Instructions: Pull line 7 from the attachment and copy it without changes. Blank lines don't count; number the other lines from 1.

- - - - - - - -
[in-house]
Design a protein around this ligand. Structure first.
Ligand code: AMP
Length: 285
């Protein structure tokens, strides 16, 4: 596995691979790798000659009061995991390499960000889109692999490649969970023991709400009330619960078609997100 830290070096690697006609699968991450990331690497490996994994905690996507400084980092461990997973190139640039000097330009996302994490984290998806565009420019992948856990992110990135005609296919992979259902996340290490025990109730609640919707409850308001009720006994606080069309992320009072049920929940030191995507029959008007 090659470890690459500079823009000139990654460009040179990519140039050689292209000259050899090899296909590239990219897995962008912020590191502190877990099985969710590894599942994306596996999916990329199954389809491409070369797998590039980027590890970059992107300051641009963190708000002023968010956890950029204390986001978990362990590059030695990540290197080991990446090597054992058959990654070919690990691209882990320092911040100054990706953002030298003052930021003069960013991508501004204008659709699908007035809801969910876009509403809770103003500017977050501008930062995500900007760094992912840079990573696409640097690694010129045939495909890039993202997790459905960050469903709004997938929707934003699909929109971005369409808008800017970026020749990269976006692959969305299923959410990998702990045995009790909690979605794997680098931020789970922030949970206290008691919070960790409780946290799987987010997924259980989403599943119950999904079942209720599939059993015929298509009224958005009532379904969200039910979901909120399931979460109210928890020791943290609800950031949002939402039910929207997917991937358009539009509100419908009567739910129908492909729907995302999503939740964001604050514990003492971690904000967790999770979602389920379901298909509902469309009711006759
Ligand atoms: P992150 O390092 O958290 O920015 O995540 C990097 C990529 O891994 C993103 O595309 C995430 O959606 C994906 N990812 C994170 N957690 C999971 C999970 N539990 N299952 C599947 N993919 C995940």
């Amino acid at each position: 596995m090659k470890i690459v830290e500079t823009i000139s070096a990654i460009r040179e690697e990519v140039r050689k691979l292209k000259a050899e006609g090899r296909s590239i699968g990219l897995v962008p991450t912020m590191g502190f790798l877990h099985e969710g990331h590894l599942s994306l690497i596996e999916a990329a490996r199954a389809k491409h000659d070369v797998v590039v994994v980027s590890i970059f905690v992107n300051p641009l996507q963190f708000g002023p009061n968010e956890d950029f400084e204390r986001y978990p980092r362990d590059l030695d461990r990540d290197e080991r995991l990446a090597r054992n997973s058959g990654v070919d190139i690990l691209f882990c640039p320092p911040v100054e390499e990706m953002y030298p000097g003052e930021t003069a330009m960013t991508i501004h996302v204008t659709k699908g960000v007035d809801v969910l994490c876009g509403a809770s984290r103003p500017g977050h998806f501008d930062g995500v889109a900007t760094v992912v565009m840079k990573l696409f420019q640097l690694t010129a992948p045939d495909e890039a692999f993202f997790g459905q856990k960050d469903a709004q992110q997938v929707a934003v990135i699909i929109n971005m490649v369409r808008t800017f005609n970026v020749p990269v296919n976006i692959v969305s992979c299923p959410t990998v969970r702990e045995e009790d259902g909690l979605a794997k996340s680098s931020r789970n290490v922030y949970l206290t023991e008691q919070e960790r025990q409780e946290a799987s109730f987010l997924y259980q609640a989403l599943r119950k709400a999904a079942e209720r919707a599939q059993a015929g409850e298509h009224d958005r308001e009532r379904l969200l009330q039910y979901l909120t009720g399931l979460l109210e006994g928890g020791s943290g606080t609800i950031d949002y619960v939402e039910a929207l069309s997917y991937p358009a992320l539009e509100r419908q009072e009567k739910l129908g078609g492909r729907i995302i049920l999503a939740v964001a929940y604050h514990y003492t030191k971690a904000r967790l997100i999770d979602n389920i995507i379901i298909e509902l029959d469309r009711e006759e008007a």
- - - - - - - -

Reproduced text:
């Amino acid at each position: 596995m090659k470890i690459v830290e500079t823009i000139s070096a990654i460009r040179e690697e990519v140039r050689k691979l292209k000259a050899e006609g090899r296909s590239i699968g990219l897995v962008p991450t912020m590191g502190f790798l877990h099985e969710g990331h590894l599942s994306l690497i596996e999916a990329a490996r199954a389809k491409h000659d070369v797998v590039v994994v980027s590890i970059f905690v992107n300051p641009l996507q963190f708000g002023p009061n968010e956890d950029f400084e204390r986001y978990p980092r362990d590059l030695d461990r990540d290197e080991r995991l990446a090597r054992n997973s058959g990654v070919d190139i690990l691209f882990c640039p320092p911040v100054e390499e990706m953002y030298p000097g003052e930021t003069a330009m960013t991508i501004h996302v204008t659709k699908g960000v007035d809801v969910l994490c876009g509403a809770s984290r103003p500017g977050h998806f501008d930062g995500v889109a900007t760094v992912v565009m840079k990573l696409f420019q640097l690694t010129a992948p045939d495909e890039a692999f993202f997790g459905q856990k960050d469903a709004q992110q997938v929707a934003v990135i699909i929109n971005m490649v369409r808008t800017f005609n970026v020749p990269v296919n976006i692959v969305s992979c299923p959410t990998v969970r702990e045995e009790d259902g909690l979605a794997k996340s680098s931020r789970n290490v922030y949970l206290t023991e008691q919070e960790r025990q409780e946290a799987s109730f987010l997924y259980q609640a989403l599943r119950k709400a999904a079942e209720r919707a599939q059993a015929g409850e298509h009224d958005r308001e009532r379904l969200l009330q039910y979901l909120t009720g399931l979460l109210e006994g928890g020791s943290g606080t609800i950031d949002y619960v939402e039910a929207l069309s997917y991937p358009a992320l539009e509100r419908q009072e009567k739910l129908g078609g492909r729907i995302i049920l999503a939740v964001a929940y604050h514990y003492t030191k971690a904000r967790l997100i999770d979602n389920i995507i379901i298909e509902l029959d469309r009711e006759e008007a």